Epstein finds much media toxic. Most media platforms bombard us with information, much of which is calculated to trigger a reaction in us, he explained, and frequently on topics that are outside our control. The breaking news cycle wears us down and makes us less tuned into our own communities, he suggested. He talked about this in reference to TV news, but it’s true of social media newsfeeds as well. “I just love the medium of radio. It allows a more personal engagement without having your nervous system hijacked so profoundly,” he said. And community radio is different still. “Our sources of media are extremely important, and we should be intentional about how we choose them,” he said. “For those reasons, WGDR is an important voice. It’s really important to have alternative issues and also different, alternative perspectives. It’s why I feel motivated to do all the work I do in my show to offer a counterbalance to the bombardment of horrors.”
An intimate broadcast
Community radio is a platform for holding conversations on topics overlooked by mainstream media. It’s also a platform for holding a community that can’t physically be together, as programmers and listeners found when beloved “Lost Highway” host Ken Feld died in February. The station held what Mulvaney-Stanak called a “live radio wake.” Programmers Dave Tucker and John Foster hosted a live show, playing music their friend used to play as family members and friends called in with remembrances. “We provided that connective power for two hours and did all those things that help create closure, sharing love of things, reminiscing. That’s the uniqueness and adaptability community radio can have,” Mulvaney-Stanak said.
At the core level, Mulvaney-Stanak loves radio because of its intimacy. “As humans, we’re literally wired to connect to human voices,” they said. “When there’s no visual element to distract you, radio makes it just like, it’s me and you. I’m talking just to you, I’m playing just for you. You’re invited into the conversation in this undeniably intimate way. And most likely in Vermont, you know that person on the air, or you know who they are.”
The nature of community ownership, Mulvaney-Stanak suggested, points to a symbiotic relationship between WEC and Central Vermont Community Radio. Both were formed by people who realized that their communities were missing a key service and decided to provide it for themselves. For WEC, that was electricity; for WGDR, it was media. Both are owned by and accountable to their own community members.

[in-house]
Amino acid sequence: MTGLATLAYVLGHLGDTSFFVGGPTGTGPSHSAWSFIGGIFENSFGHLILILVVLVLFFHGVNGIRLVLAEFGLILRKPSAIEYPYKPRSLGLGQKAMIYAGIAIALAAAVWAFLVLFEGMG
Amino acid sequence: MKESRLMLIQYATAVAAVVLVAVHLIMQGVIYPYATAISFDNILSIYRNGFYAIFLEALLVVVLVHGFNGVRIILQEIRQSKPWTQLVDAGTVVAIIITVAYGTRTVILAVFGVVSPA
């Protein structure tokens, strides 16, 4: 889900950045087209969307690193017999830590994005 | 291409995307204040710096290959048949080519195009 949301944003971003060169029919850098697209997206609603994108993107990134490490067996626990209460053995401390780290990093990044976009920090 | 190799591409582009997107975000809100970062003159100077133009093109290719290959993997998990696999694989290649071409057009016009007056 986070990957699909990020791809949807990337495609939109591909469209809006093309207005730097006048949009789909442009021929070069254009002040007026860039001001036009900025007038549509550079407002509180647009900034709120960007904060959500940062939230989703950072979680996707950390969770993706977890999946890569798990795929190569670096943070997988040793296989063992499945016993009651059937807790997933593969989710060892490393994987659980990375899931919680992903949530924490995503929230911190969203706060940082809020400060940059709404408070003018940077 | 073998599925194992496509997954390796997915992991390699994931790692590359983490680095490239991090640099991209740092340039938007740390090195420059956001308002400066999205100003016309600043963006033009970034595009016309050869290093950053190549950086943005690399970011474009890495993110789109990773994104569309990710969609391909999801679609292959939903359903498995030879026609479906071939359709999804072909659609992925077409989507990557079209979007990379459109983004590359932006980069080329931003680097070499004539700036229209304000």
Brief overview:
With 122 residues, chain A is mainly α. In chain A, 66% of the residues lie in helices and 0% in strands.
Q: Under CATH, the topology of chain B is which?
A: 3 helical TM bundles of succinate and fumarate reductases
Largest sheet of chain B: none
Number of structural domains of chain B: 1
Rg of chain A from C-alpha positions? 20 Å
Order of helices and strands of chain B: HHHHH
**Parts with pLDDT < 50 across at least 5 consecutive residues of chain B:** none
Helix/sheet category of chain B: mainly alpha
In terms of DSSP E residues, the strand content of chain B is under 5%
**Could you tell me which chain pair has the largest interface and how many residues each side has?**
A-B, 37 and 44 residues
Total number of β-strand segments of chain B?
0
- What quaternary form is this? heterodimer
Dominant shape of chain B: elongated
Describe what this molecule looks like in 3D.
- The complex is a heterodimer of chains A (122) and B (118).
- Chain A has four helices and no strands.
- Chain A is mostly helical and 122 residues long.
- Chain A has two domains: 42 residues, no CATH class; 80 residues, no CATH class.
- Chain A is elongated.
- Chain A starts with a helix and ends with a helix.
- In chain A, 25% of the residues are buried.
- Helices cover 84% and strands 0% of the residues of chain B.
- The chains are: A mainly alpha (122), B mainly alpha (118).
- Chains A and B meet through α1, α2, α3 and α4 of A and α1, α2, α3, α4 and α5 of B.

This is why Central Vermont Community Radio appreciates ongoing support from WEC’s Community Fund, Mulvaney-Stanak said. “How we do anything is how we do everything,” they said. “That goes for what we put on the air, the vibe and culture of the station, and how we fund this and resource ourselves. When mission-aligned organizations support each other, we uplift the community. We show there are better ways to do things.”
Depending on your location, you can find Central Vermont Community Radio on the dial at WGDR 91.1 FM and WGDH 91.7 FM. You can also stream it at CentralVermontCommunityRadio.org.
To support Central Vermont Community Radio with a donation or volunteer interest, visit CentralVermontCommunityRadio.org.
Central Vermont Community Radio, 123 Pitkin Road, Plainfield, VT 05667
About WEC’s Community Fund
WEC’s Community Fund is made up entirely of member contributions. About 1,400 members choose to donate their capital credits to the Community Fund; others make donations out of pocket. This generosity allows WEC’s fund to make grants to small nonprofits in the Co-op’s service area.
To learn how to donate your capital credits, or to make a contribution to WEC’s Community Fund, call 802-223-2322 or email Rosie Casciero at firstname.lastname@example.org.
Community Fund Grant Recipients
- Adult & Teen Challenge of New England
- AWARE Domestic & Sexual Violence Service
- Barre Community Justice Center
- Barre Opera House
- Barre Partnership
- Boy Scouts Of America Green Mountain Council
- Bradford Public Library
- Brookfield Community Partnership
- Cabot Mentoring
- Center For an Agricultural Economy
- Central Vermont Adult Basic Education
- Central Vermont Career Center
- Central Vermont Council on Aging
- Central Vermont Home Health and Hospice
- Central Vermont Humane Society
- Chelsea Arts Collective
- Chelsea Public Library
- Connecting Hope
- Corinth Historical Society
- Danville Chamber Of Commerce
- Duxbury Land Trust
- Faith In Action
- First Branch Ambulance
- Friends of The Mad River
- Girls/Boyz First Mentoring
- Good Beginnings of Central Vermont
- Good Samaritan Haven
- Groton Community Club
- Hardwick Area Food Pantry
- Hardwick Historical Society
- Hunger Free Vermont
- Jaquith Public Library
- Just Basics
- Kellogg-Hubbard Library
- Mad River Valley Recreation District
- Mad River Valley Rotary Club
- Make a Wish Foundation Vermont
- Montpelier Alive
- Neighbors in Action
- North Branch Nature Center
- Northeast Kingdom Council on Aging
- Old Brick Church
- Orange County Parent Child Center
- Peacham Library
- People’s Health & Wellness Clinic
- Plainfield Historical Society
- Prevent Child Abuse Vermont
- Roxbury Free Library
- Rural Vermont
- Salvation Farms
- Studio Place Arts
- T.W. Wood Gallery
- The Center For Grassroots Organizing
- The Veterans’ Place
- Toys For Tots
- Twin Valley Senior Center
- Twinfield Together Mentoring Program
- Upper Valley Haven
- Vermont Agricultural Hall of Fame
- Vermont Center for Independent Living
- Vermont Community Garden Network
- Vermont Community Loan Fund
- Vermont Council on Rural Development
- Vermont Foodbank
- Vermont Granite Museum Stone Arts School
- Vermont Historical Society
- Washington County Mental Health Services
- WGDR / Central Vermont Community Radio
- Woodbury Volunteer Fire Department
- Worcester 4th of July Committee
- Worcester Historical Society